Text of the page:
Under the amended Endorsement Guides, endorsers may be liable when an endorser makes a representation that the endorser knows or should know to be deceptive, including when an endorser falsely represents that they personally used a product. Also, an endorser who is not an expert may be liable for misleading or unsubstantiated representations regarding a product’s performance or effectiveness, such as when the representations are inconsistent with the endorser’s personal experience or were not made or approved by the advertiser and go beyond the scope of the endorser’s personal experience.

Advertising agencies, public relations firms, review brokers, reputation management companies, and other similar intermediaries may be liable for their roles in creating or disseminating endorsements containing representations that they know or should know are deceptive. The Endorsement Guides also make clear that such entities may also be liable for their roles with respect to endorsements that fail to disclose unexpected material connections, whether by disseminating advertisements without necessary disclosures or by hiring and directing endorsers who fail to make necessary disclosures.

FTC Proposed Rule on Use of Consumer Reviews and Testimonials

On June 30, 2023, the FTC published a Notice of Proposed Rulemaking, entitled “Rule on the Use of Consumer Reviews and Testimonials,” which would prohibit certain specified unfair or deceptive acts or practices involving consumer reviews or testimonials. The Proposed Rule follows the FTC’s advance notice of proposed rulemaking, which was announced last November. In addition to summarizing the comments that the agency received from interested parties, the Proposed Rule also includes examples of deceptive practices involving consumer reviews and testimonials from its past cases.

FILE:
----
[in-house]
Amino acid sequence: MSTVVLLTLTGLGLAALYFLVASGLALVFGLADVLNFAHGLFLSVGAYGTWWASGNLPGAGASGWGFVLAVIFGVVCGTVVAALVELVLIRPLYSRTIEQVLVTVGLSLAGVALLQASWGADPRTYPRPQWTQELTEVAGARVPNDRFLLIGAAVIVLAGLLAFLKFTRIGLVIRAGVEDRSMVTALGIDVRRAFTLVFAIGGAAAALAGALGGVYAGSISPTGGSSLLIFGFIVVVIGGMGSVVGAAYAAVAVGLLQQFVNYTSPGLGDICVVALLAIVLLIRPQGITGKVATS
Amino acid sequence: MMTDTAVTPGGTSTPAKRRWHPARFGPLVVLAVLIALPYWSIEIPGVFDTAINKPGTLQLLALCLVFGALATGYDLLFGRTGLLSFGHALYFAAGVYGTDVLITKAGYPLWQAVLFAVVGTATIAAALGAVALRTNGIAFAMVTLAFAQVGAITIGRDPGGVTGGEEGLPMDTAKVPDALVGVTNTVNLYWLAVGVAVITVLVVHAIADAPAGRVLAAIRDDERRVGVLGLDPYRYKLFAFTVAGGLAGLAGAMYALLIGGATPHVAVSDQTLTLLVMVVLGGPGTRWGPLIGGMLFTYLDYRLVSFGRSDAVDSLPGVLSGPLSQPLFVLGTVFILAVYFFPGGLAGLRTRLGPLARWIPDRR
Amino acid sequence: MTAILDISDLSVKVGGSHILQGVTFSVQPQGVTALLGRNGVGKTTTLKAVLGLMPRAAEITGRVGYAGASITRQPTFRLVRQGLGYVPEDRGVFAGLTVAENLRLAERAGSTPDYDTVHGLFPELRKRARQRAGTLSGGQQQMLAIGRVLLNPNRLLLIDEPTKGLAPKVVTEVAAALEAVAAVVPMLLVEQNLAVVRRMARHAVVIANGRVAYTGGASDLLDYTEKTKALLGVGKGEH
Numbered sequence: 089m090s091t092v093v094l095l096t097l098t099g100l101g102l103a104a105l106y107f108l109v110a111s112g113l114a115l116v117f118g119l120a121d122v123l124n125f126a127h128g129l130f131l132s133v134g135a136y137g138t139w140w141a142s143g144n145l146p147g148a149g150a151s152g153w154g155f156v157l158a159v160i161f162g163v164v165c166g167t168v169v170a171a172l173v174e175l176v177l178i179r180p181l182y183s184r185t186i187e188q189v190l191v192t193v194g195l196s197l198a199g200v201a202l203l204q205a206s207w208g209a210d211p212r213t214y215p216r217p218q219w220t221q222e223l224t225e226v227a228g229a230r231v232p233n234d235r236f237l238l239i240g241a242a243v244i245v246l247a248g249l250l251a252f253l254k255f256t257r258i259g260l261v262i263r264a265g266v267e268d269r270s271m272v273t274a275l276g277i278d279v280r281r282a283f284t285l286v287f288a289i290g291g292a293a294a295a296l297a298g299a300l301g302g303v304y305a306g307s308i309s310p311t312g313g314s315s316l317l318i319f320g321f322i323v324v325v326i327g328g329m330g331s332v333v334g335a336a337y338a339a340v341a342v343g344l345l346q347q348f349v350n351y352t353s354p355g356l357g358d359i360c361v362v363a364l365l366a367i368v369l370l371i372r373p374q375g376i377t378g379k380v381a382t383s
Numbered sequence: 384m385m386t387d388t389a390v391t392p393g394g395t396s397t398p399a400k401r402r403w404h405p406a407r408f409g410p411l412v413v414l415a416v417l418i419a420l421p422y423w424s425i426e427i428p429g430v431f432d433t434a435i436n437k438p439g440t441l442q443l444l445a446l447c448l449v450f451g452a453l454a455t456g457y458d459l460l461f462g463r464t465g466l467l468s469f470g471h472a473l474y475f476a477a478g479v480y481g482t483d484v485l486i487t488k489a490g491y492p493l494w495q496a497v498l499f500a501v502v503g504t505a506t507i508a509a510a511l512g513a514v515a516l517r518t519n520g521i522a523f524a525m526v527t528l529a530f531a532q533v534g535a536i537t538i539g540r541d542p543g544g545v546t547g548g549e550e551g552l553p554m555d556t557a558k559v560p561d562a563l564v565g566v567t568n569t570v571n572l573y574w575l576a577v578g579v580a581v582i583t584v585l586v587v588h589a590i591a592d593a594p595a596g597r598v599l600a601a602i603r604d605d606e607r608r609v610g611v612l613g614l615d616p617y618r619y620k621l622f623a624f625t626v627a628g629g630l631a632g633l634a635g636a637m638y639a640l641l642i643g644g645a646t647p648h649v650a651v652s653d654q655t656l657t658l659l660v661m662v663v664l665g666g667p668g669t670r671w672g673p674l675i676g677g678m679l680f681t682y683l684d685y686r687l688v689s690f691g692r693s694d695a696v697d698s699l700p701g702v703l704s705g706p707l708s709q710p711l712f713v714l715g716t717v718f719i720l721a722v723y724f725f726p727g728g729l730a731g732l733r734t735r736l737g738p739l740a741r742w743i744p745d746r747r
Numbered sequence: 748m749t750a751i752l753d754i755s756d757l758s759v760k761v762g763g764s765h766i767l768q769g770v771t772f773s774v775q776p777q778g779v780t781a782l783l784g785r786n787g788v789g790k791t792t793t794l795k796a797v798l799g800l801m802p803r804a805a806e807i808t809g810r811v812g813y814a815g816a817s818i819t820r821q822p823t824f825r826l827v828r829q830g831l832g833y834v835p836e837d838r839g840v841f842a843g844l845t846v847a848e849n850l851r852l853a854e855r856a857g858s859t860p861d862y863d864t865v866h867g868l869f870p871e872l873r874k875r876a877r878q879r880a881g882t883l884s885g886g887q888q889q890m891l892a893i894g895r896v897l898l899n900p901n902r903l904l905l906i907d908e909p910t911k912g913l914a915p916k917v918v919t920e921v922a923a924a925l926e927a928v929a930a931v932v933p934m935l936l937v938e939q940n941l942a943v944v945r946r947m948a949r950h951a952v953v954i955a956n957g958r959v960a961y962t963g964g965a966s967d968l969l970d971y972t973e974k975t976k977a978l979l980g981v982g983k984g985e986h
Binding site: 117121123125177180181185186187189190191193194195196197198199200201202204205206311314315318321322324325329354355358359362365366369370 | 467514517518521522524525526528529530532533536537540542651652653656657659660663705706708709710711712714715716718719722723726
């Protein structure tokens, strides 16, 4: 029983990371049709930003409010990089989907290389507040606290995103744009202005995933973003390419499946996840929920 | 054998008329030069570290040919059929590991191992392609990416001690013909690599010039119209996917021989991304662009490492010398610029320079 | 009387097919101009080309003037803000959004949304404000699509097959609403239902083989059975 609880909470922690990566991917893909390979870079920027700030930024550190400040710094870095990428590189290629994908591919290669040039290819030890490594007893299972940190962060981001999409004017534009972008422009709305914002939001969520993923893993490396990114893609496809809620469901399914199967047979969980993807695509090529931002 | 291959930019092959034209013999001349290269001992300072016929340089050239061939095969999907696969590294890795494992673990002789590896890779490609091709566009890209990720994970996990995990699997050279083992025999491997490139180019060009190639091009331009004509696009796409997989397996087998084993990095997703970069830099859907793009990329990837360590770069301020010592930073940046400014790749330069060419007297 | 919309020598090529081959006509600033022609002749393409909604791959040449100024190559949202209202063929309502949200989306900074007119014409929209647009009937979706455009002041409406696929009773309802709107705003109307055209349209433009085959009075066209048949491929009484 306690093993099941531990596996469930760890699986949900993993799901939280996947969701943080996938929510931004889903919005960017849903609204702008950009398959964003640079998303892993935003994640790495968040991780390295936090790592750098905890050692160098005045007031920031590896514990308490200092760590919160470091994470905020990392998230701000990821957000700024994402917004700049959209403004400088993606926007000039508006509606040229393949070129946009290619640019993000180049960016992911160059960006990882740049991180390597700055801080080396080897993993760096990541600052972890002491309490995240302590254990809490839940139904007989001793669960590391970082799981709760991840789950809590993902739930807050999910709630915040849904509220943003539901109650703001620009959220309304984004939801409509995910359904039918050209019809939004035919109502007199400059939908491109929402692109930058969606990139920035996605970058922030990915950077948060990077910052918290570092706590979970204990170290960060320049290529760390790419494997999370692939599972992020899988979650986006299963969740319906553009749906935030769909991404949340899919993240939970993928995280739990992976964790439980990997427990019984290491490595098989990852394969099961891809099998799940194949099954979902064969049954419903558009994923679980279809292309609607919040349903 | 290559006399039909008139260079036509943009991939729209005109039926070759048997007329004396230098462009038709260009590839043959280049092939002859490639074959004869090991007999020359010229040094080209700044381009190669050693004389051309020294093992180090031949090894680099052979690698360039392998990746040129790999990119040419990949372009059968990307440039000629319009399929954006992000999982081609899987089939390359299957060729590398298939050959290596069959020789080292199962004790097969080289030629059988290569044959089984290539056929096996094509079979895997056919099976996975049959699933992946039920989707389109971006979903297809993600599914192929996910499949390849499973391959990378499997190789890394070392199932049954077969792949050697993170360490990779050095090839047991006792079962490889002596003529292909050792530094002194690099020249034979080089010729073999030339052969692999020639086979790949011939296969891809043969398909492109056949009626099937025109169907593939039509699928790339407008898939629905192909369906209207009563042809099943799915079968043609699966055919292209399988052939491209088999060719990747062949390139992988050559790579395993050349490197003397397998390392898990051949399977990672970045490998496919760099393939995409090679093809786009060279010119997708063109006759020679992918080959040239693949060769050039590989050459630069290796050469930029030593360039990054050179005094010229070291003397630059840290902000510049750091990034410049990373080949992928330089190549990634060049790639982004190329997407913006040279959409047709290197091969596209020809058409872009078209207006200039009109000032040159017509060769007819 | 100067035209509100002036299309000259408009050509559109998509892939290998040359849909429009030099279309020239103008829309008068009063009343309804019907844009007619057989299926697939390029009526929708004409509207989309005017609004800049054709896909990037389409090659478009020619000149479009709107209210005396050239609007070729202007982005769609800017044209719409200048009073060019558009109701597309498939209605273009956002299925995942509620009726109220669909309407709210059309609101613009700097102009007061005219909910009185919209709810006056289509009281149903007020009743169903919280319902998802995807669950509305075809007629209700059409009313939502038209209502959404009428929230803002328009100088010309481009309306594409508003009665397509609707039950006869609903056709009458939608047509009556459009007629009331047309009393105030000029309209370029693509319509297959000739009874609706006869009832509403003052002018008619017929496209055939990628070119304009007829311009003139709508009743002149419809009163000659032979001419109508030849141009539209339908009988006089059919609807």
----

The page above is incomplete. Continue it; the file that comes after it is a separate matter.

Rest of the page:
Under the Proposed Rule, the following would expressly be considered prohibited practices:

  • Selling or Obtaining Fake Consumer Reviews and Testimonials: The proposed rule would prohibit businesses from writing or selling consumer reviews or testimonials by someone who does not exist, who did not have experience with the product or service, or who misrepresented their experiences. It also would prohibit businesses from procuring such reviews or disseminating such testimonials if the businesses knew or should have known that they were fake or false.
  • Review Hijacking: Businesses would be prohibited from using or repurposing a consumer review written for one product so that it appears to have been written for a substantially different product.
  • Buying Positive or Negative Reviews: Businesses would be prohibited from providing compensation or other incentives conditioned on the writing of consumer reviews expressing a particular sentiment, either positive or negative.